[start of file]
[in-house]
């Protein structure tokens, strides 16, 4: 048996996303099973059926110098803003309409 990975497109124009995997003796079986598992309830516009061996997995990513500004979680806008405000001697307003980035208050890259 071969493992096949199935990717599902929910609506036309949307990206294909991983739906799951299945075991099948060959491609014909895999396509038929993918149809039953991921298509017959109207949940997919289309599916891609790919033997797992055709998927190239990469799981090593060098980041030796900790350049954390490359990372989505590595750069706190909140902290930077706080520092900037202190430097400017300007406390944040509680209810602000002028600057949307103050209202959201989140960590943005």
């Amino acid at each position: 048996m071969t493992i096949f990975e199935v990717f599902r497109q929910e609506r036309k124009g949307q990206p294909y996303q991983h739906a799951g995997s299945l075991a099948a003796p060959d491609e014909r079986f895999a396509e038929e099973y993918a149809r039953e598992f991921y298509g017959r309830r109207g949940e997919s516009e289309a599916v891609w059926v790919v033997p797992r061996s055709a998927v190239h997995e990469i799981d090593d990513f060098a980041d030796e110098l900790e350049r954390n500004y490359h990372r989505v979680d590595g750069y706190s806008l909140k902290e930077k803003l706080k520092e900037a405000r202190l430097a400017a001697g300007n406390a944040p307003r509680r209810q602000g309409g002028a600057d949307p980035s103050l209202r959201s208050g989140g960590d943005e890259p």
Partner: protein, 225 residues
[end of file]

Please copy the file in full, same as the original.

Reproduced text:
[in-house]
């Protein structure tokens, strides 16, 4: 048996996303099973059926110098803003309409 990975497109124009995997003796079986598992309830516009061996997995990513500004979680806008405000001697307003980035208050890259 071969493992096949199935990717599902929910609506036309949307990206294909991983739906799951299945075991099948060959491609014909895999396509038929993918149809039953991921298509017959109207949940997919289309599916891609790919033997797992055709998927190239990469799981090593060098980041030796900790350049954390490359990372989505590595750069706190909140902290930077706080520092900037202190430097400017300007406390944040509680209810602000002028600057949307103050209202959201989140960590943005």
């Amino acid at each position: 048996m071969t493992i096949f990975e199935v990717f599902r497109q929910e609506r036309k124009g949307q990206p294909y996303q991983h739906a799951g995997s299945l075991a099948a003796p060959d491609e014909r079986f895999a396509e038929e099973y993918a149809r039953e598992f991921y298509g017959r309830r109207g949940e997919s516009e289309a599916v891609w059926v790919v033997p797992r061996s055709a998927v190239h997995e990469i799981d090593d990513f060098a980041d030796e110098l900790e350049r954390n500004y490359h990372r989505v979680d590595g750069y706190s806008l909140k902290e930077k803003l706080k520092e900037a405000r202190l430097a400017a001697g300007n406390a944040p307003r509680r209810q602000g309409g002028a600057d949307p980035s103050l209202r959201s208050g989140g960590d943005e890259p």
Partner: protein, 225 residues